Las Vegas Sun

July 17, 2018

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A local’s take: The evolution of transportation in Las Vegas


Associated Press File Photo

The Regional Transportation District’s light rail train arrives at the Broadway station in south Denver.

Mass transit Across U.S.

Bay Area Rapid Transit passengers wait for a train in this Oct. 22, 2013 file photo taken in Oakland, Calif. Launch slideshow »

There was nothing better as a kid than watching movies at Red Rock Theater. Not the modern cinema at Red Rock Resort, rather Red Rock Theater, on Charleston Boulevard near Decatur Boulevard, one of the original theaters in Las Vegas and the place where most of us local children begged our parents to take us in the 1970s and ’80s.

The drive there from my family’s house, north on Boulder Highway to Charleston, then west to Decatur, seemed to take forever. Part of the wait was the anticipation of watching a new film. Most of the wait was the travel.

Getting across town three decades ago involved taking one of four streets: Charleston, Sahara Avenue, Flamingo Road or Tropicana Avenue. No matter where you were going or coming from, you were halfway there when you passed Las Vegas Boulevard. It was a bonus if the ride was at night so you could see the casino lights.

Much has changed since then. Now, we attend movies mostly at casinos, the valley’s population has exploded to more than 2 million, and, of course, there are multiple ways to travel across town.

If all goes well, future generations won’t need a car to go to the movies or travel from one part of the valley to the next. A proposed light rail system, similar to those in other major metropolises, is in the works and is desperately needed.

Imagine planning an outing on the Strip or downtown without having to worry about traffic. While most people likely still would have a short drive to the rail station, the days of impatiently jockeying with tourist-drivers or battling frustration over freeway traffic would be minimized. Same for the feeling of constantly navigating through construction zones.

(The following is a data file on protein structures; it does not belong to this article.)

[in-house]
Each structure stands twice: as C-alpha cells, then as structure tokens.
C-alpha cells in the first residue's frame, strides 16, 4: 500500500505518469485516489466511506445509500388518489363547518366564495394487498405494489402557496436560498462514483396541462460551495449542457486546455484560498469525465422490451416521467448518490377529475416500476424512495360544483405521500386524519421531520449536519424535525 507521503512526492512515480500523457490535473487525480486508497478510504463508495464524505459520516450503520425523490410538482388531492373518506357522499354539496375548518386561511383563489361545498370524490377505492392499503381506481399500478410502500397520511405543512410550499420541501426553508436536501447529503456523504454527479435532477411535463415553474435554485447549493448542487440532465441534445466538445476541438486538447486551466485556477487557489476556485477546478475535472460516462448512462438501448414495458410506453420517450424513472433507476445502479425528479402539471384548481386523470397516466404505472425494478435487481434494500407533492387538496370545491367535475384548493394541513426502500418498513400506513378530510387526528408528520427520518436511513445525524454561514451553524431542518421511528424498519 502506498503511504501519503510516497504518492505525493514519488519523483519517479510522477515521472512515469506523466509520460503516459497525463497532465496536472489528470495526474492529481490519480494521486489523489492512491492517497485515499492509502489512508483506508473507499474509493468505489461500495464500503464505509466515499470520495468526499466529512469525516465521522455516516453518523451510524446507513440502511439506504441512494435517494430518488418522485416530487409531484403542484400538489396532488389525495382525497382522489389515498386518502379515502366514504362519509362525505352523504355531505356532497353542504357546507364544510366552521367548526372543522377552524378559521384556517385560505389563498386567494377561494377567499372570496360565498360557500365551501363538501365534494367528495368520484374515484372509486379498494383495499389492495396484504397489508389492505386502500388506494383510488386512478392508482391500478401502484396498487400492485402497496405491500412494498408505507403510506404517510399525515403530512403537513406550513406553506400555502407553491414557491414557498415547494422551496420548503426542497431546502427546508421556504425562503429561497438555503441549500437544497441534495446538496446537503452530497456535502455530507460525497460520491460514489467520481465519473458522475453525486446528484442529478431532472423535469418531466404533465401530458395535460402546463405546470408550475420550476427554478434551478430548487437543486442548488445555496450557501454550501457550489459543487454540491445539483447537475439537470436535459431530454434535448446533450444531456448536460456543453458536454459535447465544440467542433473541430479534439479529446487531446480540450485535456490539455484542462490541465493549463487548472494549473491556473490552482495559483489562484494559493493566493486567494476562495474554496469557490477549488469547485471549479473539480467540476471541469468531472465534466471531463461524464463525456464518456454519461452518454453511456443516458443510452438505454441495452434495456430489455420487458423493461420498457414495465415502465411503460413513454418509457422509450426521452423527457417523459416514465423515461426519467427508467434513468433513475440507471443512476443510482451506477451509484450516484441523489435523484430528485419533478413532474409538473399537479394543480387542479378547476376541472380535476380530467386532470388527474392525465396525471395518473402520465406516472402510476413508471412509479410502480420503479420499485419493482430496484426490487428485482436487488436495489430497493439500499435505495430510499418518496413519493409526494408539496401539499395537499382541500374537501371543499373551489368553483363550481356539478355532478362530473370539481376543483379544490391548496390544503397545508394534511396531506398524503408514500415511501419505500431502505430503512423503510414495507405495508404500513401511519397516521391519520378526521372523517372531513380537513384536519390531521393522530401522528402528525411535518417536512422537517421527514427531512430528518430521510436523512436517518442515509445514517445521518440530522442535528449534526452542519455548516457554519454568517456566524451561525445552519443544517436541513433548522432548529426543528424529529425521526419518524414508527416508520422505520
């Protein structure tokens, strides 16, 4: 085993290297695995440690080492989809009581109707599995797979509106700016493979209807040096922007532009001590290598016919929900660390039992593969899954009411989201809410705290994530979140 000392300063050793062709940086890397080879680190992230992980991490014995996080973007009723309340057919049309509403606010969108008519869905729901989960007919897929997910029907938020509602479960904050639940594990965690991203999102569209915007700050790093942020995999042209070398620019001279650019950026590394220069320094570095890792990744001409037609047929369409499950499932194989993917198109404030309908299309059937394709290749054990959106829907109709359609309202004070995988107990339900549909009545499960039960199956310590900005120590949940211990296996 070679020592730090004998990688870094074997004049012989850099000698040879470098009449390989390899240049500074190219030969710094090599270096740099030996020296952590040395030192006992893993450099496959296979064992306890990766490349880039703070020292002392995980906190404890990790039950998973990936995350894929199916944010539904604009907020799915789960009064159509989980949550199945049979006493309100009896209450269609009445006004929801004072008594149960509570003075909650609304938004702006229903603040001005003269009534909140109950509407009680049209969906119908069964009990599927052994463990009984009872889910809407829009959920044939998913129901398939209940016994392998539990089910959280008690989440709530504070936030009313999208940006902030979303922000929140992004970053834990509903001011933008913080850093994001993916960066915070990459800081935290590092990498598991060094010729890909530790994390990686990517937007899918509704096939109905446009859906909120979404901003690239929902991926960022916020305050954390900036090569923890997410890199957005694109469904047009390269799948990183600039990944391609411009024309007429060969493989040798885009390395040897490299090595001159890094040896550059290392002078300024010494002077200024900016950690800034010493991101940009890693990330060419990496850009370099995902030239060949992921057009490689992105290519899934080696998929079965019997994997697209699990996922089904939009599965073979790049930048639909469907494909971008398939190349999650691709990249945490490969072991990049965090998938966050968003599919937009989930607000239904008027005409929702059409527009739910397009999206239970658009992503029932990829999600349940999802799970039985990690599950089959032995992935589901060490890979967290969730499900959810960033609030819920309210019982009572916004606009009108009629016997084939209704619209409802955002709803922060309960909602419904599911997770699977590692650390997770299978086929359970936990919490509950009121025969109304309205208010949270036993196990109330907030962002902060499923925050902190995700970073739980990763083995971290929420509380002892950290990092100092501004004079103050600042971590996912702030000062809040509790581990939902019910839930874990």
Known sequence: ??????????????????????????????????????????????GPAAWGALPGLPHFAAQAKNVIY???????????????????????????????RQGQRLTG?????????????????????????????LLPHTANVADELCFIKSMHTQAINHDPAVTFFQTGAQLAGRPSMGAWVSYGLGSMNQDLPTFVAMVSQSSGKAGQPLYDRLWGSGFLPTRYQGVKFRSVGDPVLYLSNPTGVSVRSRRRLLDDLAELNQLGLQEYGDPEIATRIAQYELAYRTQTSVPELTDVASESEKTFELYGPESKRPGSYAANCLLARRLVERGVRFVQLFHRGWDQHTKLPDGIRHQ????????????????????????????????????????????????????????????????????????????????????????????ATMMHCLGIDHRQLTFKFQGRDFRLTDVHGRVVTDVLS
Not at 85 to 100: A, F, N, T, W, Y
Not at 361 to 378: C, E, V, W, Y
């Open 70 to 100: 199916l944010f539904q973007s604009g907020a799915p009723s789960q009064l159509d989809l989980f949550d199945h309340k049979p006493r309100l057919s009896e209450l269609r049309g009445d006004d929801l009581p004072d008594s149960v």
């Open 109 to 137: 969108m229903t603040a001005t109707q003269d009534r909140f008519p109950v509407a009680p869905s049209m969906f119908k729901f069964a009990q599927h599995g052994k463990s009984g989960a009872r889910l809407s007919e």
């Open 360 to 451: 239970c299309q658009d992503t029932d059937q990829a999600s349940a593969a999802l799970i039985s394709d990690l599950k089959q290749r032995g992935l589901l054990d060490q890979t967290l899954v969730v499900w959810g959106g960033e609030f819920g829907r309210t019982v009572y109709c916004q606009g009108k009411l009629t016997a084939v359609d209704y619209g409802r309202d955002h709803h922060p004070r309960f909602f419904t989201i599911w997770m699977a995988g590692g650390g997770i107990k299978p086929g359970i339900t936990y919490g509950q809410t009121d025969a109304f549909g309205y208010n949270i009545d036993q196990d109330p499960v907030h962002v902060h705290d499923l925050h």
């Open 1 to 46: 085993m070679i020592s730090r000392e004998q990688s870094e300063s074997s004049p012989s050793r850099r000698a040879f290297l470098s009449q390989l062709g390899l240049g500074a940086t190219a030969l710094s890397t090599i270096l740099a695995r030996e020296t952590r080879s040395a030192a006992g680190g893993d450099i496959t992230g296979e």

Just like in the early 1980s when transportation officials expanded U.S. Highway 95 to include exits on Flamingo and Tropicana in the east part of town where I was raised, a light rail system would enhance flexibility for residents and offer them a more enjoyable lifestyle.

When U.S. 95 was under construction, some people opposed the expansion because it forced a block of homes in our development to be torn down. Many of our neighbors feared the sound of cars traveling at high speeds would keep them awake at night. It didn’t.

Sometimes, as we learned, there are small sacrifices to be made in a city’s development.

That freeway made trips across town to Meadows Mall or other staples on the west side part of our lives. It shortened bus rides to high school sporting events. Before the freeway addition, Basic High School in Henderson felt like it was in another state.

Eventually, the Citizen Area Transit bus system launched as the valley’s population continued to spike and merit more services. That gave teenagers the freedom to get to the Strip to visit the Forum Shops or the arcade at Circus Circus. For those without cars, it was a simpler way to get to work.

Light rail is the next step in the progression. It, like past advancements, would take our city to another level. Our home is the best city in the world. It’s time that city had this resource.

Ray Brewer can be reached at 702-990-2662 or [email protected]. Follow Ray on Twitter at

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